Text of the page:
THAMES Water have confirmed they will be hiking sewage and water bills by 3.4 per cent to help pay for the 'super sewer' which many residents do not want.
The water company argues the Thames Tideway Tunnel, dubbed the 'super sewer', is the best solution to stop raw sewage overflowing into the River Thames when it rains.
Carnwath Road on the Fulham riverside will bear the brunt of the disruption from major excavation work, while 14 million Thames Water customers are set to pay an extra £12 a year.
While most UK water companies are increasing prices by less than the rate of inflation, the biggest company, Thames Water, will impose a 3.4 per cent hike on the combined water and sewerage charge. Which will come into effect on April 1.
Thames Water have admitted there may be further price hikes but have promised the total increase in customers’ bills to pay for the ‘super sewer’ will be capped at £80 a year.
Greg Hands, the MP for Chelsea and Fulham, has called on Thames Water to do more to protect the pockets of their customers, and not to pass on the cost, hiking prices above inflation.
He said: “This rise stems solely from Thames Water’s plans for the expensive ‘super sewer’, as evidenced by the fact they are cutting the water supply component of the bills. I am continuing to campaign against the drilling of the tunnel from Carnwath Road in Fulham, and against the project cost being passed on to customers. Thames should follow the good example of other UK water companies and cut prices for their customers in these difficult times.”
Carnwath Road resident Ann Rosenburg, said: “It’s outrageous Thames Water is imposing the cost of this white elephant on millions of its customers, to the benefit of its shareholders. The effect of building the tunnel will do incalculable damage to both the physical and mental health of the communities who live nearby like Carnwath Road, and the reality of this is brushed aside by this private utility company in the interest of big business.”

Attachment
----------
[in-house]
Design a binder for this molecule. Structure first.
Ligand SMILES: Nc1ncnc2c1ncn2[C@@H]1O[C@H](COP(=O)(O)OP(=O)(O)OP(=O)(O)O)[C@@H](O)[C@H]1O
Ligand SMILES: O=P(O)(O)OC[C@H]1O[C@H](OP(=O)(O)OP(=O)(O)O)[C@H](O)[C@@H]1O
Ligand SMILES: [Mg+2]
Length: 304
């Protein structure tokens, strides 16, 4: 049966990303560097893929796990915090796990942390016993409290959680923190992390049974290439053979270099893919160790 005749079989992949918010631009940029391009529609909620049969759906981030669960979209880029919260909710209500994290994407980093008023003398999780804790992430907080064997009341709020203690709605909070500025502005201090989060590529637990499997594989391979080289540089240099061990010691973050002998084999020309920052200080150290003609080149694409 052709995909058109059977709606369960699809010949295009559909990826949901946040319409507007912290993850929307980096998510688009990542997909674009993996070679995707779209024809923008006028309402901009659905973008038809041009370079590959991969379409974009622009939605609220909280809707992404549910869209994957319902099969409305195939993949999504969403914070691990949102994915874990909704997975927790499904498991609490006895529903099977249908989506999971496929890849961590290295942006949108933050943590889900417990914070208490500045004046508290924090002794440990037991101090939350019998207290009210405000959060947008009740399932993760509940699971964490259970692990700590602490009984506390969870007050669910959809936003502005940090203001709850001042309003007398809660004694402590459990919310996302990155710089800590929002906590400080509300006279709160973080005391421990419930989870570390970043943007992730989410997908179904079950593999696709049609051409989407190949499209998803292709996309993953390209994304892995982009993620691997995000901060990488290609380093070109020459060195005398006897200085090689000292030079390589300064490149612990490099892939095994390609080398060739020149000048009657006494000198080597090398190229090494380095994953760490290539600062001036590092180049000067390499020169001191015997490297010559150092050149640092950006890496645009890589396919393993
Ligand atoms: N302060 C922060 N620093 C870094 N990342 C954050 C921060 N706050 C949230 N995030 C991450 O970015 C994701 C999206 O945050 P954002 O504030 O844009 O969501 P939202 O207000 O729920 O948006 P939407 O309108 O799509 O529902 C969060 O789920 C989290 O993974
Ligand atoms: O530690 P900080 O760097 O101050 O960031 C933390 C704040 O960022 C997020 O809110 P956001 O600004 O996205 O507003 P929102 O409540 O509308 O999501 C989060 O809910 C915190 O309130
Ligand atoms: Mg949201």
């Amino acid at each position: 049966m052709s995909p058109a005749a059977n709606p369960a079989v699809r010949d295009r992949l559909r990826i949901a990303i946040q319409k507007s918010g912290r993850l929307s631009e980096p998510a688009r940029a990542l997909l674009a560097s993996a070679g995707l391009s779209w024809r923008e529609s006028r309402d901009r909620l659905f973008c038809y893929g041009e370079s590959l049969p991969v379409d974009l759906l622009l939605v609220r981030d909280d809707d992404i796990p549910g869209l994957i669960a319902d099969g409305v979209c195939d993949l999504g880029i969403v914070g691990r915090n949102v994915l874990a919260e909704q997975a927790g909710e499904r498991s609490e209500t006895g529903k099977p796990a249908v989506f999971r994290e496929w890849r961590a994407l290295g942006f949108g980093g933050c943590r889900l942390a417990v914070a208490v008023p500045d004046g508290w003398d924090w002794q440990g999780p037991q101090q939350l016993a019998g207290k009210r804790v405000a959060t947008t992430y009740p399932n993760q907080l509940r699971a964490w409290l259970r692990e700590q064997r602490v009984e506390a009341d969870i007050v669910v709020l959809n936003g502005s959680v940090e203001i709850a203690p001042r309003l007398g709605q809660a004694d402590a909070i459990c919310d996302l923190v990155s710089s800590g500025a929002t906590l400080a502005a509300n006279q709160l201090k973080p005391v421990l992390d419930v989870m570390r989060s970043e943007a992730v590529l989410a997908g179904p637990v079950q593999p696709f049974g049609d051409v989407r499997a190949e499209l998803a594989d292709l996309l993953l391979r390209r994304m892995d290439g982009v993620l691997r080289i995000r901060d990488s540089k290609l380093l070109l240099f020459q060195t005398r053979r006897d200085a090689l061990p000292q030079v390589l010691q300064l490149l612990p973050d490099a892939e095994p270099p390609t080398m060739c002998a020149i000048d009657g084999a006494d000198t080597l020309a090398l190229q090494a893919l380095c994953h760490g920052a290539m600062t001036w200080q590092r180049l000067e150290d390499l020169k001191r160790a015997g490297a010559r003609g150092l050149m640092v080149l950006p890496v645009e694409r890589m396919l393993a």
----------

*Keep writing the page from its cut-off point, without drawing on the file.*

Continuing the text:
A Thames Water spokeswoman said: “It is clear that bill increases are only acceptable if they are absolutely essential, but customers have told us to avoid storing problems, which would cost more to fix, for the future.
“Much of London’s water and sewerage infrastructure dates back from Victorian times, and urgently needs upgrading – which inevitably puts upward pressure on bills.
“The Thames Tideway Tunnel is a must-do project to give greater capacity to a sewer system built in the 1850s, and to prevent tens of millions of tonnes of sewage discharging into the Thames every year. All of the suggested alternatives would take longer, cost more, cause much more disruption and fail to clean up the river properly.”
The ‘super sewer’ is planned to be built by 2020.
The 3.4 per cent rise is the final one of the current five-year pricing period. Regulator Ofwat is analysing and challenging companies’ business plans for the period 2015-20. Final decisions on these prices will be made by January 2015, with new bills coming into effect in April 2015.